However, like the setting sun promises a new dawn, the closure of Cary Towne Center was not a tale of finality.
It was a pause, a moment of reflection, as the town awaited what the next chapter would unveil. The curtains may have closed on its retail saga, but the stage was set for a new narrative.
Unraveling Threads: The Decline of Cary Towne Center
Cary Towne Center started showing signs of strain as the retail landscape shifted with the advent of online shopping platforms.
While attempts were made to rejuvenate the mall, several events unfolded that further exacerbated its declining fortune.
On November 6, 2013, Dave and Buster’s opened its doors within the mall to attract more foot traffic.
This was seen as a positive move, offering a fresh entertainment option for visitors. But the challenges continued.
In October 2014, a significant tenant, Harris Teeter, relocated to a larger location across the street, leaving a void.
Jumpstreet, an indoor trampoline, later filled this space, bounce house and entertainment complex, bringing a new vibe to the mall.
The year 2015 brought more hurdles. In January, Sears, one of the anchor stores, shuttered its Cary Towne location due to ongoing financial woes at the corporate level.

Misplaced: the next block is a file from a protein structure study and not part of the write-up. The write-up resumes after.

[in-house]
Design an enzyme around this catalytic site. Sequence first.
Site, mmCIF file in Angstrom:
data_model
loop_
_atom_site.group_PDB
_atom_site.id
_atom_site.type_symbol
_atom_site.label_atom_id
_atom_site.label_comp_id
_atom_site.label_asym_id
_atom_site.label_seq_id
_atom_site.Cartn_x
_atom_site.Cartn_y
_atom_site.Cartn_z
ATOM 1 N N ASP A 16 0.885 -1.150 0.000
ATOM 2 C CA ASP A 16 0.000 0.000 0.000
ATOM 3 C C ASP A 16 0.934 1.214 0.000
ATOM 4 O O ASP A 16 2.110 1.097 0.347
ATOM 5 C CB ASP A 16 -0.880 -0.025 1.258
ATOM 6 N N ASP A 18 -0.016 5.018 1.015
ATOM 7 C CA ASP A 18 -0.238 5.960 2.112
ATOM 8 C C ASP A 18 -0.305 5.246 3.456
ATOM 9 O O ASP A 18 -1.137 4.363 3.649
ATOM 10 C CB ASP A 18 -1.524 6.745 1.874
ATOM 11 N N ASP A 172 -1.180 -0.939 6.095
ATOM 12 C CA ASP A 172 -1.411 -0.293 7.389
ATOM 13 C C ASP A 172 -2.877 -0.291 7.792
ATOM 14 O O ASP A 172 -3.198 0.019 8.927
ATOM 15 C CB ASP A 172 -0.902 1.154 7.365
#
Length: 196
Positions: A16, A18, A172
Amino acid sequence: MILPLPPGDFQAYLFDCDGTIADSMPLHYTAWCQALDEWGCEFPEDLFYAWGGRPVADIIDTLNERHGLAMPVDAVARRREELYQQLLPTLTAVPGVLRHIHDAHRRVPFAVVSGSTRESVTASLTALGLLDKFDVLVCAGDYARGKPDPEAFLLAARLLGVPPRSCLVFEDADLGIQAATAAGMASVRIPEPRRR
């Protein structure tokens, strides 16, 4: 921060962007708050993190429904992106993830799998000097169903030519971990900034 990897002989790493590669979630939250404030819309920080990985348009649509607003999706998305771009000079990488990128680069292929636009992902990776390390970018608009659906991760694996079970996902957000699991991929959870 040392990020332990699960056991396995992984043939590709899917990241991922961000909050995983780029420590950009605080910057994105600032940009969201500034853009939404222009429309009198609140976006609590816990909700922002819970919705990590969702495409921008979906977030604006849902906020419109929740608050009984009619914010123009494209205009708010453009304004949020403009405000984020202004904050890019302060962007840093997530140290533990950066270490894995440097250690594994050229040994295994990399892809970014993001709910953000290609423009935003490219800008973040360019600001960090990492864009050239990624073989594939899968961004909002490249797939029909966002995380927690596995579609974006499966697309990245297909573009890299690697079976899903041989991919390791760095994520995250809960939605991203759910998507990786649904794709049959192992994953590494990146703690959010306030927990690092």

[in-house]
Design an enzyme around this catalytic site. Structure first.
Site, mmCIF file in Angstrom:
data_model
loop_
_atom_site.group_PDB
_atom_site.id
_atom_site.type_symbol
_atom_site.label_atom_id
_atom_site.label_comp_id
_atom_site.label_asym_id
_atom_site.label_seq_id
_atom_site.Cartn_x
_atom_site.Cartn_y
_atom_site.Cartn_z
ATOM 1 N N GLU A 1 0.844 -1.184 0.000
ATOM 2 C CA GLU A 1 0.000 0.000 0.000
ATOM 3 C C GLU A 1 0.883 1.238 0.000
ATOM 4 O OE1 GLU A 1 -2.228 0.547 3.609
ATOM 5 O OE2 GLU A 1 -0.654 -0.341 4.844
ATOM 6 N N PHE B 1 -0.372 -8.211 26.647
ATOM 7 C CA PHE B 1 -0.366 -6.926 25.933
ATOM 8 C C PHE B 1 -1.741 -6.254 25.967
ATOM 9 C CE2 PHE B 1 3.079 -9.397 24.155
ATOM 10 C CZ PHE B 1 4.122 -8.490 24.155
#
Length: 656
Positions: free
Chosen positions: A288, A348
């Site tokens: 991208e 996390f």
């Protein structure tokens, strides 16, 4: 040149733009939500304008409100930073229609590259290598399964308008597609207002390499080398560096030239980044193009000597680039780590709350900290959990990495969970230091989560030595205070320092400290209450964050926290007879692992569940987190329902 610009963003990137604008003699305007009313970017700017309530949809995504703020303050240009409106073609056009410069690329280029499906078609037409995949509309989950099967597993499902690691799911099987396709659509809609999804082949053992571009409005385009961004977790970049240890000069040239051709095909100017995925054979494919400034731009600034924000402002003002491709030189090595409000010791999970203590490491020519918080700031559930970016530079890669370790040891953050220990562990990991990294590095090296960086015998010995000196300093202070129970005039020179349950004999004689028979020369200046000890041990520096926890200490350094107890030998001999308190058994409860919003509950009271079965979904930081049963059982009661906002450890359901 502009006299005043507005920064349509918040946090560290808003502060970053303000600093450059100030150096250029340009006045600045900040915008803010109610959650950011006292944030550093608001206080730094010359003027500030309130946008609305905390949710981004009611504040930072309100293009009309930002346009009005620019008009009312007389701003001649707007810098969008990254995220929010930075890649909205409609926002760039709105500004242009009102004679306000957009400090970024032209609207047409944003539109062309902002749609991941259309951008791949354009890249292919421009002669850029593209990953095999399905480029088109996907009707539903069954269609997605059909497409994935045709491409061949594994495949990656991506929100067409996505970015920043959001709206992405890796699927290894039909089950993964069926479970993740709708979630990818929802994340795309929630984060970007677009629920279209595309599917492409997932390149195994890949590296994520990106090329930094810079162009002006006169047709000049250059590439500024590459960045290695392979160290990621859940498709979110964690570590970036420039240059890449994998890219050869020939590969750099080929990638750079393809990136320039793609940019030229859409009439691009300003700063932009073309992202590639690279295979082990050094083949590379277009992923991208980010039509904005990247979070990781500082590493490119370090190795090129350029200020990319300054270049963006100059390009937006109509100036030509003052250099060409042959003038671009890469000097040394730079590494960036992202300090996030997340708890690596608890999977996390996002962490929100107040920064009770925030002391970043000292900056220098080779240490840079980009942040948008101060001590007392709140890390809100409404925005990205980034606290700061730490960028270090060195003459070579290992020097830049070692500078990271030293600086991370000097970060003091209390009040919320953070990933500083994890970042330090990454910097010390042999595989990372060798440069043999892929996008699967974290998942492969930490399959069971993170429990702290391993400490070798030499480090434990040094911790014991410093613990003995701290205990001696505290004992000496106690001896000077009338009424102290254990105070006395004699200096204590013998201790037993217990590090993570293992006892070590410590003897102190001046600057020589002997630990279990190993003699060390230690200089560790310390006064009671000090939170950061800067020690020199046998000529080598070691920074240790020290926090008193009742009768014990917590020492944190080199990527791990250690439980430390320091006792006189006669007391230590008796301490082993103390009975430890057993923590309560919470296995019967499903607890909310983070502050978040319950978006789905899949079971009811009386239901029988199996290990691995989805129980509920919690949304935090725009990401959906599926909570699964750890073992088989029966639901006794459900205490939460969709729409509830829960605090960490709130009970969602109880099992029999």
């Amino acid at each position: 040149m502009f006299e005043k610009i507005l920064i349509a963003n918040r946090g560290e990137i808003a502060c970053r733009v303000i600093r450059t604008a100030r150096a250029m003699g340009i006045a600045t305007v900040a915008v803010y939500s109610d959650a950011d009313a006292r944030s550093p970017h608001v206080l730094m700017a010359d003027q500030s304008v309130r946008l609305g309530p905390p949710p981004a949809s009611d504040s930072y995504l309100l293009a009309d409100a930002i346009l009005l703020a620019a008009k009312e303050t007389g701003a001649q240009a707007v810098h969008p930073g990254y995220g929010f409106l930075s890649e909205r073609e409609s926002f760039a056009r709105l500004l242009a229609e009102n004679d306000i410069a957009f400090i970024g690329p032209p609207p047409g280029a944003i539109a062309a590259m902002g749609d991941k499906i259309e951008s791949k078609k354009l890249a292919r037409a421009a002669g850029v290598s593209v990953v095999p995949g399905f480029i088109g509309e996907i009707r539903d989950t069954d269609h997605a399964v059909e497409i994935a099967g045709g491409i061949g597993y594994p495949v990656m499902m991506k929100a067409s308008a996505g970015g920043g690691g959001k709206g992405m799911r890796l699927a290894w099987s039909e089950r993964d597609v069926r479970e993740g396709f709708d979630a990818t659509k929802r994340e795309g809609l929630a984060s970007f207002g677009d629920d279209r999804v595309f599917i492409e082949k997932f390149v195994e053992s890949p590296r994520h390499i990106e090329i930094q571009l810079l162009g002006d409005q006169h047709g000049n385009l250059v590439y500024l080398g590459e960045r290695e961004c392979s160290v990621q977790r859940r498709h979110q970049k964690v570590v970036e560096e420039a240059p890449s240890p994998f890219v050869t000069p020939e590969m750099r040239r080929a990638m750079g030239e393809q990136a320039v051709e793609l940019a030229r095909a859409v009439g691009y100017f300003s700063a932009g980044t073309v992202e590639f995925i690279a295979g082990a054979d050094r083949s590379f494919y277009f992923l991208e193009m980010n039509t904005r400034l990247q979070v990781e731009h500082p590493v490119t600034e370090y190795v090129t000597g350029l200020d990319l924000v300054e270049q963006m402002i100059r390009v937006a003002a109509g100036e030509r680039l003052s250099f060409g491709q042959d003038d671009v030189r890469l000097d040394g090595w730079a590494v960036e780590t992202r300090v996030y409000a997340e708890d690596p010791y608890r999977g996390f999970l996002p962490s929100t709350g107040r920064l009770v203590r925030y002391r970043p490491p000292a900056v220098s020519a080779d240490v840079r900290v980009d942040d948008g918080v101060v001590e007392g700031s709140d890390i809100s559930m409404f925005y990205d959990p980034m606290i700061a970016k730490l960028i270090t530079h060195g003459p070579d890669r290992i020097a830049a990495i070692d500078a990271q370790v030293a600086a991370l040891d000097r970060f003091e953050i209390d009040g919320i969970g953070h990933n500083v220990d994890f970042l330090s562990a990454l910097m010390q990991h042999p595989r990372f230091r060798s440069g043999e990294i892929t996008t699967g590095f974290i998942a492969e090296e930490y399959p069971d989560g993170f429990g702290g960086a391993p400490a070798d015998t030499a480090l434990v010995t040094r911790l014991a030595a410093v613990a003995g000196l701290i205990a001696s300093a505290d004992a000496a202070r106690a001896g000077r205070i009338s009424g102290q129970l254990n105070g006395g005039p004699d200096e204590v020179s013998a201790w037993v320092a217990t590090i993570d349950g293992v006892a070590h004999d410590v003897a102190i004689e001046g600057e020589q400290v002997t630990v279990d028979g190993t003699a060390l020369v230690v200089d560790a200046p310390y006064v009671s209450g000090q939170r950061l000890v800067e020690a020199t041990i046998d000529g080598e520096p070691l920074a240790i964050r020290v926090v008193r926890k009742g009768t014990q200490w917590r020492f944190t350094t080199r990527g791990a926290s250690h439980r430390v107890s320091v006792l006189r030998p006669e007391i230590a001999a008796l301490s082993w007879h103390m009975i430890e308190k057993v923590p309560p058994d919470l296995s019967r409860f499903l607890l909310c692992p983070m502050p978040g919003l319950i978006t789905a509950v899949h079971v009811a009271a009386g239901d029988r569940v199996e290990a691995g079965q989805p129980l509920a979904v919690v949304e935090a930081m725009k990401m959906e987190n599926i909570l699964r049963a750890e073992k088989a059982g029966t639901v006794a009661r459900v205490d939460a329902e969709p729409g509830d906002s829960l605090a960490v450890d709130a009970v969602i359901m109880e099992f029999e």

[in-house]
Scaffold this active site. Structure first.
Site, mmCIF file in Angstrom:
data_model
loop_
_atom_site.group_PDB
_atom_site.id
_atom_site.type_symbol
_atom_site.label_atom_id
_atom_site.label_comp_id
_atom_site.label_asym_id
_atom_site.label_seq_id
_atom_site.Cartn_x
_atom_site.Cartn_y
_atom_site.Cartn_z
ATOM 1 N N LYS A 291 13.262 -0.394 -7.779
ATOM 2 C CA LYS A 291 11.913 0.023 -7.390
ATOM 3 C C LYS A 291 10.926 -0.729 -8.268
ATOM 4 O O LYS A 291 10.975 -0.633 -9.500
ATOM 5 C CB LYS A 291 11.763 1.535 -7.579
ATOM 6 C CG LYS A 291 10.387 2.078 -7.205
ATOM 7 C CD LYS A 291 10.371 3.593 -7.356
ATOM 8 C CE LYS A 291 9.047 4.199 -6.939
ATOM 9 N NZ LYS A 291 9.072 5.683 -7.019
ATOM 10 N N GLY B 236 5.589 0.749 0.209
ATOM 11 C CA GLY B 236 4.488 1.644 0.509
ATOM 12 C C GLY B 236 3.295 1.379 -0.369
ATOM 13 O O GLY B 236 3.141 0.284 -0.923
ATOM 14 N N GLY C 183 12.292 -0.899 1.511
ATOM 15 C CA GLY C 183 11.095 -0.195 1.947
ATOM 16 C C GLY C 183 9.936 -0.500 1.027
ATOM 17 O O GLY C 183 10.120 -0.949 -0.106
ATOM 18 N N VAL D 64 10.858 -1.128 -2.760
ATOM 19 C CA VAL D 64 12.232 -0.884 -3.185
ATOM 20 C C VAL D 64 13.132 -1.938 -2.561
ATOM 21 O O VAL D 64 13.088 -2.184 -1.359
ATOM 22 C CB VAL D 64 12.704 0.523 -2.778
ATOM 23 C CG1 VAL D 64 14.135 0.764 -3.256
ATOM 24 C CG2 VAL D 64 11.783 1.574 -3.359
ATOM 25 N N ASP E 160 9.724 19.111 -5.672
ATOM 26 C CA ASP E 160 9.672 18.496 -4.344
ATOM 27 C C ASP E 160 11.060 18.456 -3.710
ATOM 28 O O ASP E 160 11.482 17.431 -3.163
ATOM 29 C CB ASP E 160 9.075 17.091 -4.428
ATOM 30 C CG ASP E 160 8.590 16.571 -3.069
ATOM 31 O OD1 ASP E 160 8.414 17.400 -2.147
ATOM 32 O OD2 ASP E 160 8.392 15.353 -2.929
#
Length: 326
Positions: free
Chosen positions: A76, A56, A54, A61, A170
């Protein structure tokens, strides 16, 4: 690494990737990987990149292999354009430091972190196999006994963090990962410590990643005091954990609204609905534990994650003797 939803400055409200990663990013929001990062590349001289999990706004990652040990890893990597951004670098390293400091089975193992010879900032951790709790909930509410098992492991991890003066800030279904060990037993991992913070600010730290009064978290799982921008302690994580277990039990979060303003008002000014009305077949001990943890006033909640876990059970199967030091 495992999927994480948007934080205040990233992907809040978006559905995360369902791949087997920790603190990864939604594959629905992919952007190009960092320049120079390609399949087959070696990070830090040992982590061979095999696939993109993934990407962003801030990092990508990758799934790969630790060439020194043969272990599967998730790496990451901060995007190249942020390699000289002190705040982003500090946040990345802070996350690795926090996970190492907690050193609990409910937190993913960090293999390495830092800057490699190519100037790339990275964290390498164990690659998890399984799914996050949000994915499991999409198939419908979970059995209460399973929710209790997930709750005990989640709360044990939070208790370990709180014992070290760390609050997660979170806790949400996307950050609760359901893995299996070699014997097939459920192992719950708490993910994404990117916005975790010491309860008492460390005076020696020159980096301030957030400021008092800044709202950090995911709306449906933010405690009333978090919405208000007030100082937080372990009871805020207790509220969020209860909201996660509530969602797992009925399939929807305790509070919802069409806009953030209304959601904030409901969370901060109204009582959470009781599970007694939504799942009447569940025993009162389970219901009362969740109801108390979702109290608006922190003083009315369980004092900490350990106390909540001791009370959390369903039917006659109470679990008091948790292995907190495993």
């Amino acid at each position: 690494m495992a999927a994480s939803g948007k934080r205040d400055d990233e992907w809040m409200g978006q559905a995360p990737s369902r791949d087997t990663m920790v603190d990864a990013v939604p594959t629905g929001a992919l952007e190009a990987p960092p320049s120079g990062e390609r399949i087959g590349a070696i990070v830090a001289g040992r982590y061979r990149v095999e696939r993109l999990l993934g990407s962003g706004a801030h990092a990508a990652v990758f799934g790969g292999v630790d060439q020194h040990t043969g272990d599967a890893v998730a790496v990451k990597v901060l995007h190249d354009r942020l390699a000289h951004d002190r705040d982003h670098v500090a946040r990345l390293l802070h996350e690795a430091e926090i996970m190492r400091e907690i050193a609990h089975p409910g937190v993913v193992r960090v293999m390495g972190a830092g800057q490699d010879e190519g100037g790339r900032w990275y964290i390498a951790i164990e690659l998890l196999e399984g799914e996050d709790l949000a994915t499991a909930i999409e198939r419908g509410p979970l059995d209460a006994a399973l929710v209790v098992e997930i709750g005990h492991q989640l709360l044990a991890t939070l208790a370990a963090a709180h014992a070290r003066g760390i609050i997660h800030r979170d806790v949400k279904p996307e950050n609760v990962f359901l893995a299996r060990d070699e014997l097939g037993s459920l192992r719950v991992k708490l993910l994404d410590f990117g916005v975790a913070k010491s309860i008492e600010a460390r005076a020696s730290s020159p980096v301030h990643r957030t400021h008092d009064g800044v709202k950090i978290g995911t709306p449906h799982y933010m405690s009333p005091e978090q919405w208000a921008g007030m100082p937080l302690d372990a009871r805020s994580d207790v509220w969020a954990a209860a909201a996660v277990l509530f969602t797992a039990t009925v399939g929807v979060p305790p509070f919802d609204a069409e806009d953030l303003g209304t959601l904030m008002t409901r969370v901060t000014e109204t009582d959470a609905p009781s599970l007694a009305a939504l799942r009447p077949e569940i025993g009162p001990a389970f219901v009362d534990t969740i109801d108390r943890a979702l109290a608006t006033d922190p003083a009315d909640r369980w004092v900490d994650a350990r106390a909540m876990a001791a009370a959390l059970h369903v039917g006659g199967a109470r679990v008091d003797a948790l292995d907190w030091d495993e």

Later that year, TopGolf showed interest in occupying the vacant Sears space and sought zoning approval from the town.
However, the plans fell through due to concerns from a nearby neighborhood regarding potential lighting and noise disturbances.
“The continual change in tenants was a reflection of the trying times the mall was navigating through.”
As 2016 rolled in, Macy’s decided to close its doors early in the year due to underwhelming sales and earnings performance, marking another significant loss for the mall.
In May 2016, a glimmer of hope appeared when a local furniture store, Cary Towne Furniture, took over the Sears space, proudly promoting itself as the largest furniture retail store in the region.
Sadly, this venture, too, was short-lived, as the store closed down in December 2016.
The following years saw no respite. On January 31, 2019, JCPenney, another anchor store, revealed plans to close its Cary Towne Center location by May 3, 2019.